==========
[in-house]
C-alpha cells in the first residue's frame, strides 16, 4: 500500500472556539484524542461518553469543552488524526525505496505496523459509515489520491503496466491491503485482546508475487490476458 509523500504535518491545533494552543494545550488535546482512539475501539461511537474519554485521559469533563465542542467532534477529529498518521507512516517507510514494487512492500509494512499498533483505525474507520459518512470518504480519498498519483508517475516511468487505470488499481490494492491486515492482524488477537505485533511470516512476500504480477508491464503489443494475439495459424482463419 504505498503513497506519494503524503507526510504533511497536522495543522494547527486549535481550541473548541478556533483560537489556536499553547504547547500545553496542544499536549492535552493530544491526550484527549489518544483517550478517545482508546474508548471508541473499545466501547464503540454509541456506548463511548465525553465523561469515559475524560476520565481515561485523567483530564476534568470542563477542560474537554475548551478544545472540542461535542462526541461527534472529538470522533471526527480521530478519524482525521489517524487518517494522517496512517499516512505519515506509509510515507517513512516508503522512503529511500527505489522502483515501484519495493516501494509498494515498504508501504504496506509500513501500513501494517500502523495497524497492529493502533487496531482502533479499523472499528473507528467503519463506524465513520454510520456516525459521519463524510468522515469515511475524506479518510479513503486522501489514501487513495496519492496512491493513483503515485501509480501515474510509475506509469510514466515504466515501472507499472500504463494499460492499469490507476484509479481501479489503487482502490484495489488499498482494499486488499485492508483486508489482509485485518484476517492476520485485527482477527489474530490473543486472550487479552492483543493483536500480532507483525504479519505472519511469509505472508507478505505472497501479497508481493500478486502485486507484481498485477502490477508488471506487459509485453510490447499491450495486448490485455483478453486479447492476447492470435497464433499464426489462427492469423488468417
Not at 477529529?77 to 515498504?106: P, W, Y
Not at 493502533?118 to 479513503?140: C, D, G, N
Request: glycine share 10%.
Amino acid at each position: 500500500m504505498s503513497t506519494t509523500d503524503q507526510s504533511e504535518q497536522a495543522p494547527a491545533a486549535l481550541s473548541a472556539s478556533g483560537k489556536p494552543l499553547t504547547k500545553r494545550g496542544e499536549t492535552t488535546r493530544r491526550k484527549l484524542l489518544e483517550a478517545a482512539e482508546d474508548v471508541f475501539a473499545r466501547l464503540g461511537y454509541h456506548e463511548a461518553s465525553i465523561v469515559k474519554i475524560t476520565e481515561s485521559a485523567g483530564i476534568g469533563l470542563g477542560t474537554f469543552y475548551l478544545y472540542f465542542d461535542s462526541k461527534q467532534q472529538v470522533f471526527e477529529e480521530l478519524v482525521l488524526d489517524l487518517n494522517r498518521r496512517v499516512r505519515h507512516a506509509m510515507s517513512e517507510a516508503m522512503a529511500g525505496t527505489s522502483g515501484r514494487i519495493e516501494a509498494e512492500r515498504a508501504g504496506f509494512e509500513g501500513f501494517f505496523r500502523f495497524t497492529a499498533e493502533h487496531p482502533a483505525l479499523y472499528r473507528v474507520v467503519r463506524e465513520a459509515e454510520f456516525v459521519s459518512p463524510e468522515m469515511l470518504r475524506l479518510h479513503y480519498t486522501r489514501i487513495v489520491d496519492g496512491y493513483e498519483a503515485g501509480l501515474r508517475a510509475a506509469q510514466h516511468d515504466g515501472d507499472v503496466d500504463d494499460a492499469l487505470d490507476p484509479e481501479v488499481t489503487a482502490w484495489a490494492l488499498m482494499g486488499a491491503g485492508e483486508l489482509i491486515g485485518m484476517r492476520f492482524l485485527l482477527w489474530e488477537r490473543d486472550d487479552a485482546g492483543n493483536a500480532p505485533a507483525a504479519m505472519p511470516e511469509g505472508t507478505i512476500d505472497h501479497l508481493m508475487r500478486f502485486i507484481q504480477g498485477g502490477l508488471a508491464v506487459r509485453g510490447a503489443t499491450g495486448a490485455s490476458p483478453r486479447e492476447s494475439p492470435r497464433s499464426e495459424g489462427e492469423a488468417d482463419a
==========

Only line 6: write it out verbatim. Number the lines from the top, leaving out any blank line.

Amino acid at each position: 500500500m504505498s503513497t506519494t509523500d503524503q507526510s504533511e504535518q497536522a495543522p494547527a491545533a486549535l481550541s473548541a472556539s478556533g483560537k489556536p494552543l499553547t504547547k500545553r494545550g496542544e499536549t492535552t488535546r493530544r491526550k484527549l484524542l489518544e483517550a478517545a482512539e482508546d474508548v471508541f475501539a473499545r466501547l464503540g461511537y454509541h456506548e463511548a461518553s465525553i465523561v469515559k474519554i475524560t476520565e481515561s485521559a485523567g483530564i476534568g469533563l470542563g477542560t474537554f469543552y475548551l478544545y472540542f465542542d461535542s462526541k461527534q467532534q472529538v470522533f471526527e477529529e480521530l478519524v482525521l488524526d489517524l487518517n494522517r498518521r496512517v499516512r505519515h507512516a506509509m510515507s517513512e517507510a516508503m522512503a529511500g525505496t527505489s522502483g515501484r514494487i519495493e516501494a509498494e512492500r515498504a508501504g504496506f509494512e509500513g501500513f501494517f505496523r500502523f495497524t497492529a499498533e493502533h487496531p482502533a483505525l479499523y472499528r473507528v474507520v467503519r463506524e465513520a459509515e454510520f456516525v459521519s459518512p463524510e468522515m469515511l470518504r475524506l479518510h479513503y480519498t486522501r489514501i487513495v489520491d496519492g496512491y493513483e498519483a503515485g501509480l501515474r508517475a510509475a506509469q510514466h516511468d515504466g515501472d507499472v503496466d500504463d494499460a492499469l487505470d490507476p484509479e481501479v488499481t489503487a482502490w484495489a490494492l488499498m482494499g486488499a491491503g485492508e483486508l489482509i491486515g485485518m484476517r492476520f492482524l485485527l482477527w489474530e488477537r490473543d486472550d487479552a485482546g492483543n493483536a500480532p505485533a507483525a504479519m505472519p511470516e511469509g505472508t507478505i512476500d505472497h501479497l508481493m508475487r500478486f502485486i507484481q504480477g498485477g502490477l508488471a508491464v506487459r509485453g510490447a503489443t499491450g495486448a490485455s490476458p483478453r486479447e492476447s494475439p492470435r497464433s499464426e495459424g489462427e492469423a488468417d482463419a